Microbial therapeutics is a growing field which uses engineered bacteria to fight various diseases and health conditions. Researchers from California Institute of Technology have now developed a temperature sensitive engineered microbial system. These microbes could, in theory, be administered to patients with specific diseases. Once the bacteria reach the site of interest, precise ultrasound pulses can be given to gently heat specific areas in the tissue that will activate release of therapeutics.
The researchers’ paper, published in Nature Chemical Biology, describes the engineering of these microbes using a process called ‘directed evolution’. The team first looked for naturally occurring genes that were temperature sensitive, and identified genes that could be activated at temperatures between 42 and 44 degrees. The investigators then evolved those genes and engineered them to be able to activate at lower temperatures of 36-39 degrees. By using these genetic switches, the researchers were able to turn the genes off and on based on temperature changes.
To address safety concerns, the team encoded the bacteria to self-destruct if it induces a fever in the patient, an indicator that the therapy is not working. They also designed them to destroy themselves at lower temperatures, for instance when they leave the body. This is to ensure that the genetically modified microorganisms do not spread into the wider environment.
Although these therapies are in their infancy, advances in engineering such as these will help towards development of therapeutics for treatment of a wide variety of diseases.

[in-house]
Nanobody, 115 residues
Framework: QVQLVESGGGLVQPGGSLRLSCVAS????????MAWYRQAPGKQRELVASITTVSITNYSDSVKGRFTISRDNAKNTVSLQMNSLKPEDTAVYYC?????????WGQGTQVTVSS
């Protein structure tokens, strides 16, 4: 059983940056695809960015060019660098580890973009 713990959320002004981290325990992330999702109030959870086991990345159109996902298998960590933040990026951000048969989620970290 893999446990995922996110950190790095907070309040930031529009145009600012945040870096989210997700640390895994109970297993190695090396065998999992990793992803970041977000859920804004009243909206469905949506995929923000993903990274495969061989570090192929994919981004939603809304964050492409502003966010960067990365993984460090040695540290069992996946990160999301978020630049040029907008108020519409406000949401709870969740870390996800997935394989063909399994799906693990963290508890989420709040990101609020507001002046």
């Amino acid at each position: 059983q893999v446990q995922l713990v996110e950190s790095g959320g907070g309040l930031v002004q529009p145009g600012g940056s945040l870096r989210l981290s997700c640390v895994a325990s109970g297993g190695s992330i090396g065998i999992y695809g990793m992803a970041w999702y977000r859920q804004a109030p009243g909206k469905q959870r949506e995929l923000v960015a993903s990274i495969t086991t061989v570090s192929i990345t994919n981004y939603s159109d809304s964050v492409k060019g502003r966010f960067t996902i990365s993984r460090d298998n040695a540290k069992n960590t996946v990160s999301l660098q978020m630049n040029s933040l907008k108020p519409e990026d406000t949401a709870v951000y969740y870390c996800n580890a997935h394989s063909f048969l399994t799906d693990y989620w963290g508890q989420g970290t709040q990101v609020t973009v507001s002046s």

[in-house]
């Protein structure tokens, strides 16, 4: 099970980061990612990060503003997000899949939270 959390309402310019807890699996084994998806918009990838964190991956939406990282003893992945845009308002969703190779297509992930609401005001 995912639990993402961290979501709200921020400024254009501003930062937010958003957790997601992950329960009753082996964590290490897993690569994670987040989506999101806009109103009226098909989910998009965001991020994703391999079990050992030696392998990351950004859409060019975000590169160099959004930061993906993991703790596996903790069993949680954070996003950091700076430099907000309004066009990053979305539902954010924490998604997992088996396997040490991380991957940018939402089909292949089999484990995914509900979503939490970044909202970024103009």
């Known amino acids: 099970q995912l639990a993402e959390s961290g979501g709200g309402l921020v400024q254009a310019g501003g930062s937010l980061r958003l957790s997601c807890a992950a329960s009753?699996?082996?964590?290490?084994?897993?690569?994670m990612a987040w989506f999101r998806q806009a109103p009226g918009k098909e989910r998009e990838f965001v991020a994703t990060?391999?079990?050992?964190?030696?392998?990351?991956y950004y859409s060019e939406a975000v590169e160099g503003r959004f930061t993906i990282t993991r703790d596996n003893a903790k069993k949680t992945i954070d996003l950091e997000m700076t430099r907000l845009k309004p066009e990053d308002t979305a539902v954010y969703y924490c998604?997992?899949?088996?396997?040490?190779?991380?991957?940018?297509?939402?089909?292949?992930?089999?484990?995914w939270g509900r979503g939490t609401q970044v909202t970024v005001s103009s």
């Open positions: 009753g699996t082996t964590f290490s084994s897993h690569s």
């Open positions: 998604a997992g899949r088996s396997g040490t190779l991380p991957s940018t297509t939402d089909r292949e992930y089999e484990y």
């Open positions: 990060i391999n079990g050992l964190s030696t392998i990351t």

From the study abstract in Nature Chemical Biology:
“Temperature is a unique input signal that could be used by engineered microbial therapeutics to sense and respond to host conditions or spatially targeted external triggers such as focused ultrasound. To enable these possibilities, we present two families of tunable, orthogonal, temperature-dependent transcriptional repressors providing switch-like control of bacterial gene expression at thresholds spanning the biomedically relevant range of 32–46 °C. We integrate these molecular bioswitches into thermal logic circuits and demonstrate their utility in three in vivomicrobial therapy scenarios, including spatially precise activation using focused ultrasound, modulation of activity in response to a host fever, and self-destruction after fecal elimination to prevent environmental escape. This technology provides a critical capability for coupling endogenous or applied thermal signals to cellular function in basic research, biomedical and industrial applications.”
Study in Nature Chemical Biology: Tunable thermal bioswitches for in vivo control of microbial therapeutics…